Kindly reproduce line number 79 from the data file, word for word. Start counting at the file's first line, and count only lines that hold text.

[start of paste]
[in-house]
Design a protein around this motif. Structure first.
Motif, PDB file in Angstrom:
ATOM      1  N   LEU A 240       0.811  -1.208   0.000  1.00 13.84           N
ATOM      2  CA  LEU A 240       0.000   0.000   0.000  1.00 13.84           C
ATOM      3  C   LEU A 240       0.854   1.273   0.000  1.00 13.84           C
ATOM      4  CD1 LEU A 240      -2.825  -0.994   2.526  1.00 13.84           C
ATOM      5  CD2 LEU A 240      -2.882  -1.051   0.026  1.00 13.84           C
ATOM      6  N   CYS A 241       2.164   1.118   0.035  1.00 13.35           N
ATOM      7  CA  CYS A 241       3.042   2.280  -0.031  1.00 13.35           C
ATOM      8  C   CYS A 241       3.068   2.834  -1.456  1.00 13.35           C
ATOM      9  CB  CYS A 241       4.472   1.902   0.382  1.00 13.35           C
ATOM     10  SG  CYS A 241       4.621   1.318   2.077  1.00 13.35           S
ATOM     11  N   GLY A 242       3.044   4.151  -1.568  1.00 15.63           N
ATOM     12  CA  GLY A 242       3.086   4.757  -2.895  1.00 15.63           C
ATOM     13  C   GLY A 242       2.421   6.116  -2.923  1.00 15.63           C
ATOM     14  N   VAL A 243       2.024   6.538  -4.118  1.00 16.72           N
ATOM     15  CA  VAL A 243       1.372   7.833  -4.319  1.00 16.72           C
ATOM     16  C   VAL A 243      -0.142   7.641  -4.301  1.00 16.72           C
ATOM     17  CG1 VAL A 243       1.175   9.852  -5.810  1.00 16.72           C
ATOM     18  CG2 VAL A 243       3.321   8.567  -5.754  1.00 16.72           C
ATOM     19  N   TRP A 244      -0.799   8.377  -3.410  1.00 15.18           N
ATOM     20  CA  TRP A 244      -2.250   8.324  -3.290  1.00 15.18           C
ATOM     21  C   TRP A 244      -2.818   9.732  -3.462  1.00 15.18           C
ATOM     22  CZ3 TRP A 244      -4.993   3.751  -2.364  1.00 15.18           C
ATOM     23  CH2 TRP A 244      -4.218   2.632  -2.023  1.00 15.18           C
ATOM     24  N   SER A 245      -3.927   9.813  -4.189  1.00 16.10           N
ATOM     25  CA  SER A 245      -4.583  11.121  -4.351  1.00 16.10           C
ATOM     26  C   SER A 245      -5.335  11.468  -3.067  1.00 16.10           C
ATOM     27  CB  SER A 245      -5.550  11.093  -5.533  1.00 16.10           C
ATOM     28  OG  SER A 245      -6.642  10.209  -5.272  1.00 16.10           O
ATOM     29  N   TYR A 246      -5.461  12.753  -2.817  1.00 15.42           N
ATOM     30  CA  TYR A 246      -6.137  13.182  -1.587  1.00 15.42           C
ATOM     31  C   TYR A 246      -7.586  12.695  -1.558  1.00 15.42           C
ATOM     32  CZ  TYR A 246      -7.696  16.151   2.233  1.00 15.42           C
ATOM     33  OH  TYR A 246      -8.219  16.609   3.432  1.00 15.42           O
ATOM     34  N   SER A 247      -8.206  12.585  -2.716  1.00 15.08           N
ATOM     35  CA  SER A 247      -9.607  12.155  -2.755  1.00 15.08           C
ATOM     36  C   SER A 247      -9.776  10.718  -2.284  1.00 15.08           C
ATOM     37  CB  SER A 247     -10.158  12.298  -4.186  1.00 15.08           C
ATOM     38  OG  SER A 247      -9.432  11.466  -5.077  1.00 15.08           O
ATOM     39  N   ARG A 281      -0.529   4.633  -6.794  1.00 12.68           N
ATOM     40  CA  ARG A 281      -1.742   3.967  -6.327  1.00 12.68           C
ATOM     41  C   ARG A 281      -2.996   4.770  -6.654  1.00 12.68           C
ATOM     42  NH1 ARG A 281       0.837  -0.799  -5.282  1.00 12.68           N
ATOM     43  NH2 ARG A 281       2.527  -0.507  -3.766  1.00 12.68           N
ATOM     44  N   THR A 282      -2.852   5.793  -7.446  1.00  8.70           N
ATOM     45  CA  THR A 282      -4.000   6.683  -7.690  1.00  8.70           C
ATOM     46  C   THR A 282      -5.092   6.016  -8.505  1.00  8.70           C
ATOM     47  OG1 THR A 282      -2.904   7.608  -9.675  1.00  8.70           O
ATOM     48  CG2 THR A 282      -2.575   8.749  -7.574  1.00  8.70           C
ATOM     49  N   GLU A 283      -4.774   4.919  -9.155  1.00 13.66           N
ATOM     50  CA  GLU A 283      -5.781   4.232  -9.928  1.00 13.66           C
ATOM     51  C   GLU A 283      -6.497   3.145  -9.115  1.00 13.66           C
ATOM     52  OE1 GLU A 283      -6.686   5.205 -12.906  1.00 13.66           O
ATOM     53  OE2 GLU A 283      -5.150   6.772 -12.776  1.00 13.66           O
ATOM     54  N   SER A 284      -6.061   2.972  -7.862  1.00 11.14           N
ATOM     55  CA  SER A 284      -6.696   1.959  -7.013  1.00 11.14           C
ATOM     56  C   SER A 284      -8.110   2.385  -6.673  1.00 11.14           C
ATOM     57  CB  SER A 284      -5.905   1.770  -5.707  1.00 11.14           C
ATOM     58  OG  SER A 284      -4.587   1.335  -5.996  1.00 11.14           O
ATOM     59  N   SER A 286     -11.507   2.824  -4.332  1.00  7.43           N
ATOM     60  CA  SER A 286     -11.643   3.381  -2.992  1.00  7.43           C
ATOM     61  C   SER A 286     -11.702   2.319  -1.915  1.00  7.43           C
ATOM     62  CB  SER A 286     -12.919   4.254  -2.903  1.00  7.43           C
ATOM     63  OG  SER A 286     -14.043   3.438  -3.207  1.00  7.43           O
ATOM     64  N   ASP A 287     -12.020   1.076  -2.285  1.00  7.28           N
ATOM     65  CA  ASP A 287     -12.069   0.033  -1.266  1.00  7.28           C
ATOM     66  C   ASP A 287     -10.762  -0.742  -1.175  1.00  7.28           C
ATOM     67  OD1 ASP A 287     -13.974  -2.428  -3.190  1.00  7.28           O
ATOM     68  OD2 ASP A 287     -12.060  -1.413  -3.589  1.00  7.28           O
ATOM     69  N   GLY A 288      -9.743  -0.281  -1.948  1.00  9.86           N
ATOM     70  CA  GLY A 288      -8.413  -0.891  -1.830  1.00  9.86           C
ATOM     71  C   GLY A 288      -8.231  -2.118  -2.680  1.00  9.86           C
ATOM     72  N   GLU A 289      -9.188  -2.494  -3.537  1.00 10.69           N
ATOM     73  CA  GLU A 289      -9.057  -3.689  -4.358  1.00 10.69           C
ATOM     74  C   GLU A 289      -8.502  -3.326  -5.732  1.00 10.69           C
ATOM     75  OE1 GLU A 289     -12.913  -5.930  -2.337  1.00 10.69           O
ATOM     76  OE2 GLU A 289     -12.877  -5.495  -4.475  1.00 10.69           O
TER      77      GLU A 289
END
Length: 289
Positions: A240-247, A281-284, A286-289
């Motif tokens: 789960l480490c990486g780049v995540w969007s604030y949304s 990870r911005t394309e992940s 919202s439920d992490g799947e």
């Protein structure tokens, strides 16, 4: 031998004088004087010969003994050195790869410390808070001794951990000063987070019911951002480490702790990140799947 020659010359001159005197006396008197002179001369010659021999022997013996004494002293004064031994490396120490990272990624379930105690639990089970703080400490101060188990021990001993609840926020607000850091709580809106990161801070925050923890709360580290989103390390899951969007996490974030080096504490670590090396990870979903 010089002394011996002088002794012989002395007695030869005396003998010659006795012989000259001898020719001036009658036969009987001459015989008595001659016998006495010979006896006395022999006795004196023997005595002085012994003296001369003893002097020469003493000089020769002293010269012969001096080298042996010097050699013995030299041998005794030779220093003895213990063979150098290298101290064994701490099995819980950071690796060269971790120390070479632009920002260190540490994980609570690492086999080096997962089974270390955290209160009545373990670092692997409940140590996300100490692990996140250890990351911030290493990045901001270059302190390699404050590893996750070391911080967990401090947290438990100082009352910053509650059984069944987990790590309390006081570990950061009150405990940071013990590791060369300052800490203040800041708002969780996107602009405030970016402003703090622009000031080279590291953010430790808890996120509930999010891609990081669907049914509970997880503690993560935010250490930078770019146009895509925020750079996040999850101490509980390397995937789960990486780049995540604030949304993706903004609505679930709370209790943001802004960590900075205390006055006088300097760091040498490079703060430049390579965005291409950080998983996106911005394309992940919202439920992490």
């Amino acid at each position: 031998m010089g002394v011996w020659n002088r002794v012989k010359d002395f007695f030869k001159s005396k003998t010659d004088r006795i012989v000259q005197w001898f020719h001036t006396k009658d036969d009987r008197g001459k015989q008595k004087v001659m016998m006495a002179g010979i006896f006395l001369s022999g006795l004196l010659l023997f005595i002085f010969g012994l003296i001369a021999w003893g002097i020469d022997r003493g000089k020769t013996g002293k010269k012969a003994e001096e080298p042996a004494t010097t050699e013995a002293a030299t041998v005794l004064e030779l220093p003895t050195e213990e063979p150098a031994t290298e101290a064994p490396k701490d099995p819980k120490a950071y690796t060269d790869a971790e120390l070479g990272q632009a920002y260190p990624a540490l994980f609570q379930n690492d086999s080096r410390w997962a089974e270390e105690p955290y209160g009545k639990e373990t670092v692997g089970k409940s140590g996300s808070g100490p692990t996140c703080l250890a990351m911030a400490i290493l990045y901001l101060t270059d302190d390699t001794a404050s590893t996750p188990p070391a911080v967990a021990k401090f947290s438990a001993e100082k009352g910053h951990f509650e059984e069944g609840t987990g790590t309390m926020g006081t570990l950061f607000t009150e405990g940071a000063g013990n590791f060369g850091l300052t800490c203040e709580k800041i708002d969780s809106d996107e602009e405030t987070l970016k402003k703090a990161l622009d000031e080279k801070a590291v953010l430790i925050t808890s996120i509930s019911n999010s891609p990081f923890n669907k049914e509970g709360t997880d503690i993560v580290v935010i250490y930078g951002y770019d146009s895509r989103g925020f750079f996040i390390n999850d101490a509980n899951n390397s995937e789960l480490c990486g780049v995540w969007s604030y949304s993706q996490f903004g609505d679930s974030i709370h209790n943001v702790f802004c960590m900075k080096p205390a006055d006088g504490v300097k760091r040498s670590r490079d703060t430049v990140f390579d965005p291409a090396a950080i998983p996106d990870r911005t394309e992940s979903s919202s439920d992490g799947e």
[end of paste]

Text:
ATOM     76  OE2 GLU A 289     -12.877  -5.495  -4.475  1.00 10.69           O